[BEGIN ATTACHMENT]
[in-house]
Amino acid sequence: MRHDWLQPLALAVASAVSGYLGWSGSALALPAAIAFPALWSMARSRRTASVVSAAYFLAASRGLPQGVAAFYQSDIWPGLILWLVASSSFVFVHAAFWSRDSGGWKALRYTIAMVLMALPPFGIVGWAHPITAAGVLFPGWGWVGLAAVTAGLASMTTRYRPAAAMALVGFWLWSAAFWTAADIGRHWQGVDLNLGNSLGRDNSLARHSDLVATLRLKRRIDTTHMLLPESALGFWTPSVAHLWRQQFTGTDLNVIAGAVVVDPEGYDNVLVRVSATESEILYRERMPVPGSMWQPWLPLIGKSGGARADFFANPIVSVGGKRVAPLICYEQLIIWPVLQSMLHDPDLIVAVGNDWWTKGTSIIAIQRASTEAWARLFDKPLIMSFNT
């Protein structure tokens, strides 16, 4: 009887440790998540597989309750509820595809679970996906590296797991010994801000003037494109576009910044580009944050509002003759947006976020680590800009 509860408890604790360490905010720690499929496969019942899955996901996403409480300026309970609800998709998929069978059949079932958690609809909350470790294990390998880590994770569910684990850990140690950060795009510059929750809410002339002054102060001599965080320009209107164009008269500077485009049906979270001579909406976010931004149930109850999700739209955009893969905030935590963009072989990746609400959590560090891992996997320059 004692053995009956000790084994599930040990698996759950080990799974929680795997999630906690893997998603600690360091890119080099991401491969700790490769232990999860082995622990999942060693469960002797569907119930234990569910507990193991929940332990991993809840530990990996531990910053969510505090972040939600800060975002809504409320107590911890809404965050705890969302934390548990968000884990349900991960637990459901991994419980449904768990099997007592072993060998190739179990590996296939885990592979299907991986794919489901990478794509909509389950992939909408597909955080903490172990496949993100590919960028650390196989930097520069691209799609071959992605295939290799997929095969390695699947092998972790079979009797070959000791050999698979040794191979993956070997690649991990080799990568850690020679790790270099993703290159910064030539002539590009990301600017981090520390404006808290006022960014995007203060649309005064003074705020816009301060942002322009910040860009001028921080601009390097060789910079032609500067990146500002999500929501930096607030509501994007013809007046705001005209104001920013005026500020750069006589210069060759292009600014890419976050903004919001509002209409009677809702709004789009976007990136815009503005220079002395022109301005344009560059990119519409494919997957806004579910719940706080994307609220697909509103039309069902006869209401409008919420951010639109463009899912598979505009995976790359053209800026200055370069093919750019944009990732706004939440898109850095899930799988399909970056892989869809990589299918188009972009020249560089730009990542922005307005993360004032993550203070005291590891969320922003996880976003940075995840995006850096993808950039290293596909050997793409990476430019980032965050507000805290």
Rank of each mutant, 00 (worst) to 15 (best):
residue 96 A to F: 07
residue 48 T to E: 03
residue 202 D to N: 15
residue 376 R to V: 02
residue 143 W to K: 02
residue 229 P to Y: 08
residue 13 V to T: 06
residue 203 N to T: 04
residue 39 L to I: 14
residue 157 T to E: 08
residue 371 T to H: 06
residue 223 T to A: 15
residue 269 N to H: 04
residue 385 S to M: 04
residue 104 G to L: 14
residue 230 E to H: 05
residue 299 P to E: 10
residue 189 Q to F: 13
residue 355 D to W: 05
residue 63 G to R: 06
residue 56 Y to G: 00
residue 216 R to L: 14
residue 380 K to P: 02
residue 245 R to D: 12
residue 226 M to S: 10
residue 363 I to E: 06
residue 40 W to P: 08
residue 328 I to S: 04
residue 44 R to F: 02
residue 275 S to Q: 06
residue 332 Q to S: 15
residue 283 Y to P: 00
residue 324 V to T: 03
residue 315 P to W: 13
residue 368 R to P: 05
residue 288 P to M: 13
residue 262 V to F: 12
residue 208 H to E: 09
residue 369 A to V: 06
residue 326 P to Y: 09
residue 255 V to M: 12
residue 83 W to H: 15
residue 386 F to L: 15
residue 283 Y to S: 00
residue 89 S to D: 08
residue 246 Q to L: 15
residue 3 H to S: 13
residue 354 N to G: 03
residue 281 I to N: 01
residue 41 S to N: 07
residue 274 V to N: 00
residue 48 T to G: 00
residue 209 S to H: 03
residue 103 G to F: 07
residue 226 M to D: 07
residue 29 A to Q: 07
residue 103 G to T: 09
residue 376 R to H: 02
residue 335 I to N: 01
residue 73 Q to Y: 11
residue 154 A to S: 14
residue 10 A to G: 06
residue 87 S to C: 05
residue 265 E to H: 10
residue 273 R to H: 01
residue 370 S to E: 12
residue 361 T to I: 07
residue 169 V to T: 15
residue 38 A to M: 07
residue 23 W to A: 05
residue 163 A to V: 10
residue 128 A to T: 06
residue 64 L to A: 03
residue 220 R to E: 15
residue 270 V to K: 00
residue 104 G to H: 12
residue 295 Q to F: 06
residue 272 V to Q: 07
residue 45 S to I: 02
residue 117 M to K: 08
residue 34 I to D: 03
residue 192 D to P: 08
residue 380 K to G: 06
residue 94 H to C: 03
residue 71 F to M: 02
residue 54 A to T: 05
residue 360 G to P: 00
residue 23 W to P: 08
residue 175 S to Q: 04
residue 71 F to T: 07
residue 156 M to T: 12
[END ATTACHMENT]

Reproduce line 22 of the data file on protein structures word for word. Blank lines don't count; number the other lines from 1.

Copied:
residue 189 Q to F: 13